“There’s a need for Black people to get busy and to ask more of themselves,” says Steele.  “We’ll keep on failing until we get the message that Blacks have to take responsibility for themselves.”

Gathering Momentum
on Campus  
With the Black American reparations movement proving to be as much an intellectual and public education movement as a legal and political one, proponents naturally are building support for it on college and university campuses. In the past two years, colleges and universities have held a number of conferences and symposiums devoted to the issue.
Marable has established a research institute on Black reparations at Columbia University and plans to host a major symposium on the topic in the spring. He and Dr. Ronald Walters, a political scientist at the University of Maryland, are co-chairing a group of social scientists developing a research agenda to support the reparations movement and its lawsuits.
Student activism on the issue has stirred on many campuses, in large part, because of conservative activist David Horowitz’ campus newspaper ad campaign to discredit reparations as a racist and intellectually deficient idea (see story, pg. 26 ).
Although Marable postponed the reparations symposium at Columbia in the wake of the Sept. 11 tragedies, he does not regard the current American political climate as producing any significant setback for the movement. Instead, Marable has remained optimistic about the enthusiasm shown by young Black students who protested Horowitz’ ads.
“I was at Duke University when students took over part of a building, and I listened to their demonstrations,” he says. “One of the goals of reparations is embodied in an insight of Malcolm X. The demand of reparations changes the way Black people see themselves. That was evidenced by the student protests.”
At Fisk University, Winbush has established reparations research as a major priority of the famed Race Relations Institute, a research and race relations training center. The institute held a conference on the topic earlier this year (see Black Issues, April 12), and Winbush recently served as the editor of The Reparations Reader, a collection of essays to be published by Basic Books by the end of the year.
During the summer, Winbush, Marable, Walters and other prominent Black scholars attended the United Nations Conference on Racism in Durban, South Africa. For Black Americans, discussions on American reparations and the claims by African nations for international relief based on colonial exploitation and trans-Atlantic slavery were obscured by the controversy over the pullout of the American and Israeli government delegations, according to observers.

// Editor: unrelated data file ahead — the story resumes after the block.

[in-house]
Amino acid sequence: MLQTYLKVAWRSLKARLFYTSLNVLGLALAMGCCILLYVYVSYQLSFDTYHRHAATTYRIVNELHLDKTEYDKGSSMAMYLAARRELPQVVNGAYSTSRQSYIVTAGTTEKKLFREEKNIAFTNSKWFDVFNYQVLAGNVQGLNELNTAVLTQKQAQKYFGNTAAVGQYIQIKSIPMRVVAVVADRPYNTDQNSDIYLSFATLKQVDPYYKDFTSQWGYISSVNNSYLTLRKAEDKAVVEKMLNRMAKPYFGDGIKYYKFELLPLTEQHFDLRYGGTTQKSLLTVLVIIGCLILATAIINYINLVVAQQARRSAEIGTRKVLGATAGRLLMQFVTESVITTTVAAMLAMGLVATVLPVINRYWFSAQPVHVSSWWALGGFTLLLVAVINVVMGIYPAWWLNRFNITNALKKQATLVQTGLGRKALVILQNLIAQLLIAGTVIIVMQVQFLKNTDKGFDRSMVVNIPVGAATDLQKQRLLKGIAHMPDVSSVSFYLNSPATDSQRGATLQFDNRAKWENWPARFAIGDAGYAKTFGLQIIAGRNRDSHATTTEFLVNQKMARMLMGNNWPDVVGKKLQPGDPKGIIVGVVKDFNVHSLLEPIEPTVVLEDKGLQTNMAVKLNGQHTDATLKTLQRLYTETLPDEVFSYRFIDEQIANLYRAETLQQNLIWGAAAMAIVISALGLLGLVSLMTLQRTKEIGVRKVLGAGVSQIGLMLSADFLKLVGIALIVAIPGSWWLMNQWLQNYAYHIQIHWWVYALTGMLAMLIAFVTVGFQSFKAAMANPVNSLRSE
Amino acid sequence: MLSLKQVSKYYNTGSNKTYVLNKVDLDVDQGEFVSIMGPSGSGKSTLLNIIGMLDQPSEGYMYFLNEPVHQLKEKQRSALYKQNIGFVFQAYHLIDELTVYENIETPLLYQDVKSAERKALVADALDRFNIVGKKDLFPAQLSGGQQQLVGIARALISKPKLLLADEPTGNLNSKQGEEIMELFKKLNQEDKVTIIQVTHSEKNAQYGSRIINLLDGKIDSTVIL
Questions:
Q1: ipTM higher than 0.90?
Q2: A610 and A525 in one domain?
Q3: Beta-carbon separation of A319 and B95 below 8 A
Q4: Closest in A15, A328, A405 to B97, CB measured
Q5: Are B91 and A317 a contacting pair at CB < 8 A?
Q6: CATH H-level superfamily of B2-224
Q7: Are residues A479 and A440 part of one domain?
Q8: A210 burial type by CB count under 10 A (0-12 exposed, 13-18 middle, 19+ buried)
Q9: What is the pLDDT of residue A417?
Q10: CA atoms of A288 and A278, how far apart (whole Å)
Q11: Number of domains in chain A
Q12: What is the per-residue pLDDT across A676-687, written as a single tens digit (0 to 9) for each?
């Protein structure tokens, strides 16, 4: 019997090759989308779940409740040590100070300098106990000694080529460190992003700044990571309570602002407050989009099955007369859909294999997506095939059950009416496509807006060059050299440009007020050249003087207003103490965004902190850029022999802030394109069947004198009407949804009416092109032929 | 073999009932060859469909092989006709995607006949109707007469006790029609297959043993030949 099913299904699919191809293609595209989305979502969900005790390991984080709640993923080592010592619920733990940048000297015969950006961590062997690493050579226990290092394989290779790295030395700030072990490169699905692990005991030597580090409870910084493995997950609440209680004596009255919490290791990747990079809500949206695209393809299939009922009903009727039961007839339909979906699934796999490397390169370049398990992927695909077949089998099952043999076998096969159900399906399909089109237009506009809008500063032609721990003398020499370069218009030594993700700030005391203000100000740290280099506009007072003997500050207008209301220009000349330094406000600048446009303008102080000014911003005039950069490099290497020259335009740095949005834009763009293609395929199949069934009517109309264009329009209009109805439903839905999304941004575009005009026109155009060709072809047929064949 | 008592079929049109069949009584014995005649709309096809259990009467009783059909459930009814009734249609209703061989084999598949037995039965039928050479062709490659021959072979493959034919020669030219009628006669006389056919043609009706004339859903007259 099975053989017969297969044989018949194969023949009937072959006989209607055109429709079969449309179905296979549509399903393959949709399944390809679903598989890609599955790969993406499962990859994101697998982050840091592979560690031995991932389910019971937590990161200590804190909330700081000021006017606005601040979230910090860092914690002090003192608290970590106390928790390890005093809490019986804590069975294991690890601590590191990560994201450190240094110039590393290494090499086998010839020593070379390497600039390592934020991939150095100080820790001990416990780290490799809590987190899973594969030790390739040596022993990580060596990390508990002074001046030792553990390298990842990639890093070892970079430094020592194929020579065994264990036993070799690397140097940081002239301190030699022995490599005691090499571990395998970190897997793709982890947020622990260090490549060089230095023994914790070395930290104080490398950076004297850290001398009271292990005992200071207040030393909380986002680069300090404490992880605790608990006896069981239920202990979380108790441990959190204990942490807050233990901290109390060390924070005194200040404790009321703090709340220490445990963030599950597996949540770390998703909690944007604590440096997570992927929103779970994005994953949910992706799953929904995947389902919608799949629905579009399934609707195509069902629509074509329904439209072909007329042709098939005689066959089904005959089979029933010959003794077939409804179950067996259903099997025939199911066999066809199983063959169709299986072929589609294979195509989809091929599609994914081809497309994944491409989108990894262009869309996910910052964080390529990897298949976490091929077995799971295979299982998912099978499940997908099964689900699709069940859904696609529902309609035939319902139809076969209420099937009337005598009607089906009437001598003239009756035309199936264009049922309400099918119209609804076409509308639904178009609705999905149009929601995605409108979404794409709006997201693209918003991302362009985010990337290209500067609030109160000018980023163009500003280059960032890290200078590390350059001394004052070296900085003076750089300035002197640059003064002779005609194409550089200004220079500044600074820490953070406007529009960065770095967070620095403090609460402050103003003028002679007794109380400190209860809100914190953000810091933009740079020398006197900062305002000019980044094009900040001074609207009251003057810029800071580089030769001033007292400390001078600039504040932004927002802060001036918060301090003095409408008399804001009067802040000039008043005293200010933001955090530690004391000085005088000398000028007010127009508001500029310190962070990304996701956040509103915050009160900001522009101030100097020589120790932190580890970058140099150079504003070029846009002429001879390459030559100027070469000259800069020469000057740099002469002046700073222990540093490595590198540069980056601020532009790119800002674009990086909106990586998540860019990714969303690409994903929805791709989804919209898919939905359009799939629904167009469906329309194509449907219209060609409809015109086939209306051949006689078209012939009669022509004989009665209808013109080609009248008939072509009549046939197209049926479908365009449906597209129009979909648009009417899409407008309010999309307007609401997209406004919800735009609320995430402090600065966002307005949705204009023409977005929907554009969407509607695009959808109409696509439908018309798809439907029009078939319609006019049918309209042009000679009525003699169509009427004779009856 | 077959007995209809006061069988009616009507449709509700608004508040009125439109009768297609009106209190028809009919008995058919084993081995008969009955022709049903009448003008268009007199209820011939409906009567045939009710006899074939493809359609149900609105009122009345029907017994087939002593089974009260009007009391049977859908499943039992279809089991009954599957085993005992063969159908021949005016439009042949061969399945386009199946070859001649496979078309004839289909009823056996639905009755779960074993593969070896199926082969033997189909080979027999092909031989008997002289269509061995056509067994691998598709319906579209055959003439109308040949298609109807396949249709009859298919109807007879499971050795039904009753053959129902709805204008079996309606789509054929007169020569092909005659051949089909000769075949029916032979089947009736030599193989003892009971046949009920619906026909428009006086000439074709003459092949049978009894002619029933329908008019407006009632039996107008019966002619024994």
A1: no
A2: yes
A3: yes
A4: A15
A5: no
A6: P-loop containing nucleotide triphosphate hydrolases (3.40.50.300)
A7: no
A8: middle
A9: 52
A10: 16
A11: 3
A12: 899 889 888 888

The American and Israeli government delegations bolted from the conference over concerns that delegates would condemn Israel by equating zionism with racism. The pullout controversy and the absence of an official American delegation, nonetheless, left Black American representatives feeling that the reparations issue was deliberately skirted.
 “I believe that the U.S. might have used the Israeli issue to keep from confronting the far more difficult issue of American slavery and racism. In particular, the fact that some domestic organizations are developing lawsuits to be filed. In that context, the Bush administration has been careful not to legitimize concepts or language in an international meeting which could later be used against the government in court,” Walters told participants in a Washington Post online discussion during the conference.
It seems likely that the Black American reparations movement will draw more scholars to the cause. The legal and electoral attacks on race-conscious affirmative action and the advent of other conservative public policies are said to be radicalizing scholars.
Tulane law professor Robert Westley, whose Boston College law journal article “Million Billions Gone: Is It Time To Reconsider Black Reparations” has influenced reparations movement activists, says it was his interest in the affirmative action debate that led to active involvement in the reparations movement.
“The rhetoric that has been used to describe affirmative action paints it as some undeserved benefit. The idea that Blacks are undeserving supplicants has to be rejected,” he says.
Columbia’s Marable, arguably the most influential social scientist in the Black reparations movement, talks about his experiences of teaching young Black men in prisons in the early 1990s and cites their growing incarceration rates as moving him to think more deeply about the potential of a reparations movement.
“That context of destruction of a whole generation of African American males made me realize how weak affirmative action is as a policy of redress,” Marable says.
For his part, Marable is eager to recruit scholars to the Black American reparations movement. “This is a long campaign. We need scholars to draft studies that illustrate the concrete effects of racialized discrimination,” he says.